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Italy is a country proud of its culinary traditions that vary greatly from region to region. Unlike the US, Canada, and the UK, Father’s Day in Italy is celebrated on March 19th, Saint Joseph’s Day. In central and southern Italy, especially in the Campania and Puglia regions, the traditional dessert is a scrumptious fried pastry filled with cream known as zeppole di San Giuseppe. So let’s learn about how this custom started and also how to make them!
The Origin of Zeppole
Like so many recipes, the exact origin of the zeppole di San Giuseppe is up for debate. The consensus is that they most likely originated in Naples in the late 1800s. The earliest recorded recipe was written in the Neapolitan dialect by Ippolito Cavalcanti, Duke of Buonvicino, in 1837. Many believe that the dessert predates Cavalcanti’s recipe by hundreds of years.
The legend linked to Christian tradition tells that Joseph, in addition to being a carpenter, began cooking and selling the fried delicacies to make ends meet when the Holy Family was fleeing to Egypt. You could think of it as a mobile food truck in ancient times.
Yet another theory traces the zeppola back to Roman times when they would celebrate Liberalia, dedicated to the gods of grain and wine (Bacco and Sileno). To accompany their wine, they would eat little dumplings made from wheat flour and fried in lard.
There is even debate about the origin of the word zeppola itself. Some believe that it came from serpula, Latin for “serpent”, which would explain the dessert’s coiled shape; and others claim that the original word was cippus later evolving to zeppa, or “wooden wedge” in reference to Joseph being a carpenter.
The truth is, we’ll probably never know the exact origin, but anyway you slice it (or in this case, fry it), zeppole di San Giuseppe are here to stay and will be making fathers everywhere happy for many generations to come.
Recipe for Zeppole di San Giuseppe
For 6 pastries
250g of water (1 cup)
150g of flour 1 1/4 c.)
100g of butter (1/2 c.)
4 small eggs
pinch of salt
250g milk (1 cup)
70g granulated sugar (1/3 c.)
60g egg yolk (approx. 3 yolks)
25g cornstarch (3 1/4 TBSP)
zest from 2 lemons
1 tsp of gelatin powder (or 1 sheet)
1 vanilla bean pod (or 1 tsp. of vanilla extract)
4 Amarena cherries*
powdered sugar for dusting
Making the Dough
Begin by bringing the water and butter to a boil in a non-stick Dutch oven. Add the previously sifted flour and stir constantly with a wooden spoon until the mixture starts to detach from the sides of the pot. Transfer it to a bowl and allow it to cool. Next, whisk in the eggs one at a time until you have a well-incorporated mixture that you can transfer into a pastry bag with the star-shaped nozzle.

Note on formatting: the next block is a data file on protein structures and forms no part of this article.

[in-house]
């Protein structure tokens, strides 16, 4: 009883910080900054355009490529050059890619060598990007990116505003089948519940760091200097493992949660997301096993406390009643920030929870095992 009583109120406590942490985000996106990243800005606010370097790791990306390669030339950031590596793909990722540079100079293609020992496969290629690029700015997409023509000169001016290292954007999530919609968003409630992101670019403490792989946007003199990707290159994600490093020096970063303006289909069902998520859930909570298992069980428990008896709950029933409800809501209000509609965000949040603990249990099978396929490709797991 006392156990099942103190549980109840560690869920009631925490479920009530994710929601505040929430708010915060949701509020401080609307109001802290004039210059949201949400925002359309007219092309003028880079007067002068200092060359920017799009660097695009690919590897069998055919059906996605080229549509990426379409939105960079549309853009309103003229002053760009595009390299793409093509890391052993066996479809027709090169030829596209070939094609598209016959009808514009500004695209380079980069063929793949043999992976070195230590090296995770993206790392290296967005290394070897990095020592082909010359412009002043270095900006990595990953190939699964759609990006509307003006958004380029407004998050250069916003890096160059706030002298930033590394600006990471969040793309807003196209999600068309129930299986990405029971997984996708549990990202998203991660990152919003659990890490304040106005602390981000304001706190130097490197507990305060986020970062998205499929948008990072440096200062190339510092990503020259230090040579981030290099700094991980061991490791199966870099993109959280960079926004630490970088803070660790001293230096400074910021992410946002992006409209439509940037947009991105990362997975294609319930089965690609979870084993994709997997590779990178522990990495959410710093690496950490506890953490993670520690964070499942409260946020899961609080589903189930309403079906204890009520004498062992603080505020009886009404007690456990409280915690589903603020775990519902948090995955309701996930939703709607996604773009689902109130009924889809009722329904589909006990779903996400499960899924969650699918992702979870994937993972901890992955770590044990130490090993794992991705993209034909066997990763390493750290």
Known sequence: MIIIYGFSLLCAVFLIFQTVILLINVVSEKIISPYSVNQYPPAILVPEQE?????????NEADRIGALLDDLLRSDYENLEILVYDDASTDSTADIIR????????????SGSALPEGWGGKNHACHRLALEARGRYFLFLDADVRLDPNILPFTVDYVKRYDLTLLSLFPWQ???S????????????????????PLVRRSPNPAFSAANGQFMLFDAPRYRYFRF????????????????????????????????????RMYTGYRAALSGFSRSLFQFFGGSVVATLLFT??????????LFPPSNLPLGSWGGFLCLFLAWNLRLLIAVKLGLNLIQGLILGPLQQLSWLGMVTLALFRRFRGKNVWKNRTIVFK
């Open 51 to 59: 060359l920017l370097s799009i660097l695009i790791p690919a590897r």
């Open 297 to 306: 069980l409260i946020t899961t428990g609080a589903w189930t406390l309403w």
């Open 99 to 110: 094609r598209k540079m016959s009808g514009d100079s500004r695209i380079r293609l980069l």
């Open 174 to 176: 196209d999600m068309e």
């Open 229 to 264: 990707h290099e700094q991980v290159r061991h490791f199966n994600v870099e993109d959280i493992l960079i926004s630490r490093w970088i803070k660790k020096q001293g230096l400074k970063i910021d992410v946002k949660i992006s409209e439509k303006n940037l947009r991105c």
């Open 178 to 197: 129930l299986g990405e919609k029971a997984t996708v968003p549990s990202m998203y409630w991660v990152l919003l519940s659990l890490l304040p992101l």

Squeeze out the zeppole onto a baking sheet previously lined with parchment paper. You will make two complete turns leaving a hole in the center of about 2 cm. The diameter of the donut should be about 8 cm. Leave enough space between them so that you can cut each one out of the parchment paper into individual squares.
Fry the donuts in peanut oil at 170°C, by placing each one into the oil upside down on its parchment paper square. After about 1 minute, remove the paper with tongs and flip the zeppole over so that they are right-side up. They only need 1 minute on each side. Drain them onto paper towels.
Making the Pastry Cream
Soak the gelatin in cold water if using the gelatin sheet, otherwise, mix the gelatin powder according to directions.
Heat the milk in a saucepan with the vanilla bean that you opened lengthwise and the two lemon zests. Slowly bring it almost to a boil, at about 90 °C allowing for the vanilla and lemon zest flavors to seep in.
Meanwhile, beat the egg yolks with the sugar and cornstarch in a bowl until the mixture is frothy and smooth.
Slowly pour the hot milk, through a fine sieve (to filter the zest and vanilla bean) over the yolks, mixing constantly.
Return the mixture to the heat and cook over low heat, stirring, for 2-3 minutes until the cream thickens.
Add the gelatin and dissolve it into the cream mixture and then pour it into a bowl and let it cool covered with plastic wrap.
Once the cream has cooled, transfer it to a pastry bag with a slightly smaller star-shaped nozzle and fill the center of the zeppole using a slightly smaller starry nozzle. If you are a whiz in the kitchen, make small holes around the edges of the zeppola and insert the nozzle to fill them with additional cream filling.
Finally, place an Amarena cherry in the center and sprinkle with powdered sugar.
*Amarena cherries are sold by the Fabbri company, but if you cannot find them, you can make your own sour cherries in sweet syrup to substitute. Please note: they are NOT the same as Maraschino cherries.
Buon appetito e Buona Festa del Papà!